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Title: The Use of the Active Breathing Coordinator Throughout Radical Non-Small-Cell Lung Cancer (NSCLC) Radiotherapy

Abstract

Purpose: To assess feasibility and reproducibility of an Active Breathing Coordinator (ABC) used throughout radical radiotherapy for non-small-cell lung cancer, and compare lung dosimetric parameters between free-breathing and ABC plans. Methods and Materials: A total of 18 patients, recruited into an approved study, had free-breathing and ABC breath-hold treatment plans generated. Lung volume, the percentage volume of lung treated to a dose of {>=}20 Gy (V{sub 20}), and mean lung dose (MLD) were compared. Treatment (64 Gy in 32 fractions, 5 days/week) was delivered in breath-hold. Repeat breath-hold computed tomography scans were used to assess change in gross tumor volume (GTV) size and position. Setup error was also measured and potential GTV-planning target volume (PTV) margins calculated. Results: Seventeen of 18 patients completed radiotherapy using ABC daily. Intrafraction tumor position was consistent, but interfraction variation had mean (range) values of 5.1 (0-25), 3.6 (0-9.7), and 3.5 (0-16.6) mm in the superoinferior (SI), right-left (RL), and anteroposterior (AP) directions, respectively. Tumor moved partially outside the PTV in 5 patients. Mean reduction in GTV from planning to end of treatment was 25% (p = 0.003). Potentially required PTV margins were 18.1, 11.9, and 11.9 mm in SI, RL, and AP directions. ABCmore » reduced V{sub 20} by 13% (p = 0.0001), V{sub 13} by 12% (p = 0.001), and MLD by 13% (p < 0.001) compared with free-breathing; lung volume increased by 41% (p < 0.001). Conclusions: Clinically significant movements of GTV were seen during radiotherapy for non-small-cell lung cancer using ABC. Image guidance is recommended with ABC. The use of ABC can reduce dose volume parameters determining lung toxicity, and might allow for equitoxic radiotherapy dose escalation.« less

Authors:
 [1]; ; ; ; ;  [1]
  1. Royal Marsden NHS Foundation Trust and Institute of Cancer Research, Downs Road, Sutton, Surrey (United Kingdom)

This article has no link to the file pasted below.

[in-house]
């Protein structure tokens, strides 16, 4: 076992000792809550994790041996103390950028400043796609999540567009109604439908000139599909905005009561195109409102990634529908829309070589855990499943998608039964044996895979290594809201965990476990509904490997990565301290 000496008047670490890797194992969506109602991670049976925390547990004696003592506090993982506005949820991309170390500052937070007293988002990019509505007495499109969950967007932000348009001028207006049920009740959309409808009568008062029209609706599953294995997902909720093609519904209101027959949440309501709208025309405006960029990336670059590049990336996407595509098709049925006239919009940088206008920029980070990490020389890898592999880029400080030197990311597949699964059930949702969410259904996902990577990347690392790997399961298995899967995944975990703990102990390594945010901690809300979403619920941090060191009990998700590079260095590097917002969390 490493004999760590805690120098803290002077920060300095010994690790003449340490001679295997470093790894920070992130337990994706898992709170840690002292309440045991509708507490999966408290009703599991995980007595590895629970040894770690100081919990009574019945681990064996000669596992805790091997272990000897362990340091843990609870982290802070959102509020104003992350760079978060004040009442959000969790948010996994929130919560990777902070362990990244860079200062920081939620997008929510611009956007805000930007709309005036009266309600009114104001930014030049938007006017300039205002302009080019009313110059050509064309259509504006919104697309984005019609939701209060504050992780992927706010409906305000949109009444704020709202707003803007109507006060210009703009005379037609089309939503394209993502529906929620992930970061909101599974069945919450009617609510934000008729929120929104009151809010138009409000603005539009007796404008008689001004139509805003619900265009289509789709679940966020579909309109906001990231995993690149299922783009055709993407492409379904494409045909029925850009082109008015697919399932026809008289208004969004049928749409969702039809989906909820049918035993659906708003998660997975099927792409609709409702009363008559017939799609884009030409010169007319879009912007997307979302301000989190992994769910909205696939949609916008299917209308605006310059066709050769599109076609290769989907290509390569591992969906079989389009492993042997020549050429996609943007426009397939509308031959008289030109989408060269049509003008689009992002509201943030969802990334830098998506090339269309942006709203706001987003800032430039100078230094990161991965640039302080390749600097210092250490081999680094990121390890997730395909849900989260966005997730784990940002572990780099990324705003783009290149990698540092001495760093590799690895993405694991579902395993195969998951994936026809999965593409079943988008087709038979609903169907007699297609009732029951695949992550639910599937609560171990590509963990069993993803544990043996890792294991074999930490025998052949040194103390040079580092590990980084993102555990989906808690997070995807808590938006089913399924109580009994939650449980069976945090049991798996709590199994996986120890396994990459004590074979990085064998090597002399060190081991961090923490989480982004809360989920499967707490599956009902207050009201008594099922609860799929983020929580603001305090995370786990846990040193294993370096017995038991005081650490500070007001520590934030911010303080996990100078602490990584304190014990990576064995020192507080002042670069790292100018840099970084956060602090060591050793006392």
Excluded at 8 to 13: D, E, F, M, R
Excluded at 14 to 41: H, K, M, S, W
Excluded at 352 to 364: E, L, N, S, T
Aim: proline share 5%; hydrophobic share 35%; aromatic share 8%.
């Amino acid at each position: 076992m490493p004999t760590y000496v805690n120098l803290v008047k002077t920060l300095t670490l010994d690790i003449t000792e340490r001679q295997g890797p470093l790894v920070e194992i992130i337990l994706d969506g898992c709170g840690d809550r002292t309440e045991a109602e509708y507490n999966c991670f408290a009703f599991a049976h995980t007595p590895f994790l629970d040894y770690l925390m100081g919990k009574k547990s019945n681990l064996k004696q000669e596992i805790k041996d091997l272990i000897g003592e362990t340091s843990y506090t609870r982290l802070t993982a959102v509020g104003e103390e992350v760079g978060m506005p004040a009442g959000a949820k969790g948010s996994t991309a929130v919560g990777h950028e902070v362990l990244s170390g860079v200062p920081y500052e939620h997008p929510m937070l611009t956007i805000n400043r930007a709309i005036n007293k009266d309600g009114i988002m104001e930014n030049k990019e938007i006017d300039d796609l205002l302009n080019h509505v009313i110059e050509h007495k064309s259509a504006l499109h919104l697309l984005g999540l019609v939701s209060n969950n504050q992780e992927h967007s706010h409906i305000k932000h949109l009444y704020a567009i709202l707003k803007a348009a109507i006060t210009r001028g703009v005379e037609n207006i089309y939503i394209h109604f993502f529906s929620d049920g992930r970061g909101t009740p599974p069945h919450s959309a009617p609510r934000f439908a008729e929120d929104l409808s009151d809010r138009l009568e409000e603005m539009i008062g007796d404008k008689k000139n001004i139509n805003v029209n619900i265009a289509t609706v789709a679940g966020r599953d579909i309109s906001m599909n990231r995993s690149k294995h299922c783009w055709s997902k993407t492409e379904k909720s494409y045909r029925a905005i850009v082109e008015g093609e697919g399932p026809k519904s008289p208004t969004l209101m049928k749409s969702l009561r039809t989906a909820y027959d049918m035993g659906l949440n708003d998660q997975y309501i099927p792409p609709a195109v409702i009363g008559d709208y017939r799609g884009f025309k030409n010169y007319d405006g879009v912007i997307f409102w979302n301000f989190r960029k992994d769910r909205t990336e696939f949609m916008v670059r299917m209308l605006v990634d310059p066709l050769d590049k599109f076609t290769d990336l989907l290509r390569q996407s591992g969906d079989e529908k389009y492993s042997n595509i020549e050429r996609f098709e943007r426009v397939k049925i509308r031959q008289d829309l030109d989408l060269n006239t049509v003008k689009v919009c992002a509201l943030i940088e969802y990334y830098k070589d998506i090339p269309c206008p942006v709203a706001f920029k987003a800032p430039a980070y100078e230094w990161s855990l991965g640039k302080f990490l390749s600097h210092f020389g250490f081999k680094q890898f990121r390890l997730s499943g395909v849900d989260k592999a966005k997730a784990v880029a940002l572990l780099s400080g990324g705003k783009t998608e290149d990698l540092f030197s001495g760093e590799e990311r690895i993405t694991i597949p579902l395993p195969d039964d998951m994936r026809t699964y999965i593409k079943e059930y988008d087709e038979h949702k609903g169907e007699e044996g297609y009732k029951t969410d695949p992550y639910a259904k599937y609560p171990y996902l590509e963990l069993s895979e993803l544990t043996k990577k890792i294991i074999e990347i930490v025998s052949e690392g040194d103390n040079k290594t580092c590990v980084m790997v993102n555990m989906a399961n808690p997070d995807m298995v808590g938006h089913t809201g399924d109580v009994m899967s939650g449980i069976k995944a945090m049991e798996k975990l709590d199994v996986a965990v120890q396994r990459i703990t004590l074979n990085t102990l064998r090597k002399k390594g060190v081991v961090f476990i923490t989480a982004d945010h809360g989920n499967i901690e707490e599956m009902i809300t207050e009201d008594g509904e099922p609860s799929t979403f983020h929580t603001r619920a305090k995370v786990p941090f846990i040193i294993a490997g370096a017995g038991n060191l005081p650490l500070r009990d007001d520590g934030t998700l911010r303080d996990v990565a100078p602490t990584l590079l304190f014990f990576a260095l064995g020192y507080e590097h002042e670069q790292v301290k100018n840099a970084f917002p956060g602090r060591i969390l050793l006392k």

Publication Date:
OSTI Identifier:
21587742
Resource Type:
Journal Article
Resource Relation:
Journal Name: International Journal of Radiation Oncology, Biology and Physics; Journal Volume: 81; Journal Issue: 2; Other Information: DOI: 10.1016/j.ijrobp.2010.05.038; PII: S0360-3016(10)00761-3; Copyright (c) 2011 Elsevier Science B.V., Amsterdam, The Netherlands, All rights reserved.; Country of input: International Atomic Energy Agency (IAEA)
Country of Publication:
United States
Language:
English
Subject:
62 RADIOLOGY AND NUCLEAR MEDICINE; BREATH; COMPUTERIZED TOMOGRAPHY; LUNGS; NEOPLASMS; RADIATION DOSES; RADIOTHERAPY; TOXICITY; BODY; DIAGNOSTIC TECHNIQUES; DISEASES; DOSES; MEDICINE; NUCLEAR MEDICINE; ORGANS; RADIOLOGY; RESPIRATORY SYSTEM; THERAPY; TOMOGRAPHY

Citation Formats

Brock, Juliet, E-mail: juliet.brock@icr.ac.uk, McNair, Helen A., Panakis, Niki, Symonds-Tayler, Richard, Evans, Phil M., and Brada, Michael. The Use of the Active Breathing Coordinator Throughout Radical Non-Small-Cell Lung Cancer (NSCLC) Radiotherapy. United States: N. p., 2011. Web. doi:10.1016/j.ijrobp.2010.05.038.
Brock, Juliet, E-mail: juliet.brock@icr.ac.uk, McNair, Helen A., Panakis, Niki, Symonds-Tayler, Richard, Evans, Phil M., & Brada, Michael. The Use of the Active Breathing Coordinator Throughout Radical Non-Small-Cell Lung Cancer (NSCLC) Radiotherapy. United States. doi:10.1016/j.ijrobp.2010.05.038.
Brock, Juliet, E-mail: juliet.brock@icr.ac.uk, McNair, Helen A., Panakis, Niki, Symonds-Tayler, Richard, Evans, Phil M., and Brada, Michael. 2011. "The Use of the Active Breathing Coordinator Throughout Radical Non-Small-Cell Lung Cancer (NSCLC) Radiotherapy". United States. doi:10.1016/j.ijrobp.2010.05.038.
@article{osti_21587742,